Drum Exercises for Beginners: How to Use Electronic Drums

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Do you fantasize about being the centerpiece of the next classic or alternative rock band, with your top-of-the-line drum set? Do you beat on tables, desks, your legs, or other surfaces to any music you hear, driving your family and friends crazy?

Time to make that inner passion a reality, and try your hand at using some electronic drums. 

Electronic drums have many convenient features that can help a beginning student of drumming learn the basics, while not driving out their housemates with noise. 

Easy drum exercises for beginners will help get you started. Read on to learn more.

Basic Equipment Needed

To begin, you need to buy sticks and a practice surface. 

Sticks come in every size, shape, and material. They are labeled by number and letter. The lower the number, the thicker the stick. The letter stands for the genre, such as dance, or orchestral style drumming. For a beginner, the numbers are more significant.

Drum instructors usually agree that the best stick for a beginner is a 5A stick. 

In years past, your only option for beginning practice was a plastic pad. While this option makes the people you live with happy, it gets boring.

Instead, consider investing in a tabletop or roll-up electronic drum kit. These kits have tons of different drum sounds and allow you to play with headphones, which will make everybody happy. You will be able to practice elementary drum exercises without having to spend a lot of money.

How to Hold the Sticks

Holding the drum sticks properly is the first rule. It’s not like brandishing a leg of meat or an ax, but a little more refined.

There are several ways to hold drumsticks. The traditional grip involves balancing the left stick between your middle and ring finger and controlling it with your pointer finger and thumb. The right-hand stick is held between the top joint of the pointer finger and the right thumb.

An easier way is the matched grip, where both hands hold the sticks balanced at the pointer finger joint. What is crucial here is that you hold the stick itself about 2/3 of the way past the tip, where you will get the most “bounce” on the drum.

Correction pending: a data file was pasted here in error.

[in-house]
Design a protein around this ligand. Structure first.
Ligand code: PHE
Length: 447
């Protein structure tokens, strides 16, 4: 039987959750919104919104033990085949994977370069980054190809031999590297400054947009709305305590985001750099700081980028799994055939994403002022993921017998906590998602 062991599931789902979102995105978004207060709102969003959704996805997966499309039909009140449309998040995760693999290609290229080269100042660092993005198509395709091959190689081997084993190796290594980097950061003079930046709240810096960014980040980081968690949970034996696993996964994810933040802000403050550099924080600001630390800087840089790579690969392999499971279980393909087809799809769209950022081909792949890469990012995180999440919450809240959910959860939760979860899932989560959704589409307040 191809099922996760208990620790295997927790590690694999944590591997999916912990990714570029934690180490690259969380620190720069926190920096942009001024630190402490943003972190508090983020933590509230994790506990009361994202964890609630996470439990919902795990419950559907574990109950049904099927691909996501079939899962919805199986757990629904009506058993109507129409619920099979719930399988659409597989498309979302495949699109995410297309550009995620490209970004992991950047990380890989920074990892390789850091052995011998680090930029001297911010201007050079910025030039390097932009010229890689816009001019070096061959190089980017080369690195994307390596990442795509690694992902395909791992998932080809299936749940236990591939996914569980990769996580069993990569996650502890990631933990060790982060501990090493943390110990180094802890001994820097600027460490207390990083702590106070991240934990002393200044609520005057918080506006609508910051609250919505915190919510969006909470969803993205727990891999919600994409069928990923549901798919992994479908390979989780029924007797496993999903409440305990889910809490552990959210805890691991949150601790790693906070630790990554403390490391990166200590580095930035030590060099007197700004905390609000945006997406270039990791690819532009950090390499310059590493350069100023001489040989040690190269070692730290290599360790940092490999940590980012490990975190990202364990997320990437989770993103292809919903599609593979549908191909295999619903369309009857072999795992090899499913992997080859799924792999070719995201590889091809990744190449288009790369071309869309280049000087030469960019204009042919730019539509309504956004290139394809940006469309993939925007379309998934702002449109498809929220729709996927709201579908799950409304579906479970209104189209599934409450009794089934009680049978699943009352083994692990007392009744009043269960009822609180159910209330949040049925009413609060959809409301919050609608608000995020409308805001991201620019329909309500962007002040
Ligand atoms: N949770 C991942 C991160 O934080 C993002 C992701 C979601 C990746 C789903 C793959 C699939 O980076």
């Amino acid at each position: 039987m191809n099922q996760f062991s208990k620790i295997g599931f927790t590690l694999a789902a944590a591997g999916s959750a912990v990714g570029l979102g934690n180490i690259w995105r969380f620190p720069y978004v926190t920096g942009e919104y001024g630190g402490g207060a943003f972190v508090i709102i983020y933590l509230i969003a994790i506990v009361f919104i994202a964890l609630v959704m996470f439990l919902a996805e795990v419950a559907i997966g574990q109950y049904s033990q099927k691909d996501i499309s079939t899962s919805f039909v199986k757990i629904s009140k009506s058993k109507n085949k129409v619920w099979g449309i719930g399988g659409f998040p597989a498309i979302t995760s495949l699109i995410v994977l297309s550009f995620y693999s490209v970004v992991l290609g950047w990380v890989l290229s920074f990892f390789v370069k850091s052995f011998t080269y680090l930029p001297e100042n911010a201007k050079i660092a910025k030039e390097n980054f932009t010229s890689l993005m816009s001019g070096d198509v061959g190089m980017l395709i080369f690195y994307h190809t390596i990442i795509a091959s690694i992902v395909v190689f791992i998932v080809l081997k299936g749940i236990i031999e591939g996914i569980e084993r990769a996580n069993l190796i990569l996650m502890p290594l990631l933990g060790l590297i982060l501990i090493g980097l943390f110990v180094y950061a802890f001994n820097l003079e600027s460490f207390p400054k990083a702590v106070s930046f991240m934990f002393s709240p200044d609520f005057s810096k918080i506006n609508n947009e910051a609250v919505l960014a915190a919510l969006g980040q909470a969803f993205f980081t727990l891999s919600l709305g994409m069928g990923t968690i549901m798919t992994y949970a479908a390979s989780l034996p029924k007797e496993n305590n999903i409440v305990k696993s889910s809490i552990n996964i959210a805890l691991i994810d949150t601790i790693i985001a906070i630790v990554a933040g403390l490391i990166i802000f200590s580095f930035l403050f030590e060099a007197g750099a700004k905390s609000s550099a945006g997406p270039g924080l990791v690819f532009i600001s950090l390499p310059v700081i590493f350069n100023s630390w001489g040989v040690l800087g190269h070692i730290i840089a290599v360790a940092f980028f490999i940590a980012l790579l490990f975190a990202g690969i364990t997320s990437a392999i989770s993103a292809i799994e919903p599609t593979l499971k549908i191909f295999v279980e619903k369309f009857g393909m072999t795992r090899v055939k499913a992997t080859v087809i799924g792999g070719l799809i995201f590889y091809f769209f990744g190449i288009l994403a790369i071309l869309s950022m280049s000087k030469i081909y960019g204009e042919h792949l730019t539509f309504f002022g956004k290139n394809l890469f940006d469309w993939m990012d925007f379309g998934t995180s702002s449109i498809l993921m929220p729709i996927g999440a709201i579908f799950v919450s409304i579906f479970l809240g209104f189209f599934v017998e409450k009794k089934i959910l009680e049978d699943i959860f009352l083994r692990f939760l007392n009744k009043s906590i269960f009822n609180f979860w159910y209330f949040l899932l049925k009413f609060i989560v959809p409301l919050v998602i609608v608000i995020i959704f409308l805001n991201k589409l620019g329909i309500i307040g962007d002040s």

Finding the right grip and bounce might take a little experimentation. There are many online tutorials and videos you can watch to see how these grips look and find the one that is most relaxed and comfortable for your hands.

Drum Exercises for Beginners: Rudiments

Beginning drum exercises are known as rudiments. There are many rudiments to learn to become a drummer for a band, but many teachers agree these 5 are the best to start with:

  1. Single Stroke Roll: this is an alternation of the sticks RLRLRLRL, usually easier on the snare drum. START SLOWLY and work your speed up. All good electronic kits have a metronome or a click track built-in, so you can practice slowly and keep a steady beat, building speed over time.
  2. Double Stroke Roll: The same as above, but in this pattern: RRLLRRLL. This rudiment is also called a “diddle.”
  3. Flam: a flam is sticking that looks like this:  lR or rL. The strokes are quick, with the second stroke as the louder one.
  4. Paradiddle: meaning, “pair of diddles.” Looks like: RlrrLrll, with the strokes in capitals being the strongest. Once these get up to speed, you practice inverting them, for example, Rllr Lrrl.
  5. Six Stroke Roll: RllrrL or LrrllR, with the accents on the capital letters. 

What is most important when starting is to practice slowly. You can try these patterns on different drum surfaces on your electronic kit, but always use your metronome, and pay attention to keeping your strokes even and relaxed, to avoid tension in your hands. 

There are many more rudiments to practice, and once you’ve mastered these, you can take the next step and buy a full drum kit.

Next Step: Electronic Drum Kit

When you outgrow your tabletop drums, you will want to invest in a drum kit. While acoustic drums are the “real” thing, space, noise, and portability are factors when you decide to buy an electronic drum kit for your intermediate drum work.

Electronic drums come with the latest technologies that will give you different sounds, tutorials, practice songs, and many different ways to configure your drum sounds for endless hours of playing. 

Make sure you choose a kit with a bass drum and high hat cymbal pedals, as your pedal technique is as important as your sticking. If you have a teacher, let them guide you in this purchase.

Finding a Drum Teacher

If you’re serious about continuing to learn to drum, consider finding a good teacher.

If you are short of funds, many online tutorials can show you rudiments, and recommend ways to practice them. Then, as you progress, you can also find songs and other pieces of music to practice your new skills.

But, for the serious player, nothing beats the one-on-one mentoring of a private teacher, who can assess your drumming technique, offer examples and tutorials made for you, and help you select the next pieces of equipment you will need. 

Word-of-mouth recommendations are the best ads for any service, but if you don’t know where to start, try any local music stores, or even local high school or college music programs. 

Practice Makes Perfect

This old cliche is still true for anyone who wants to learn a new skill.

Being willing to take time every day to practice rudiments and other drum exercises for beginners will be essential to achieving your dreams of becoming a drummer, whether that be in a marching band, rock band, or for fun in your room with your headphones.

If you are interested in drumming and don’t know where to start, contact us with your questions, and we will help you find equipment, tutorials, and all you will need to begin your drum odyssey!

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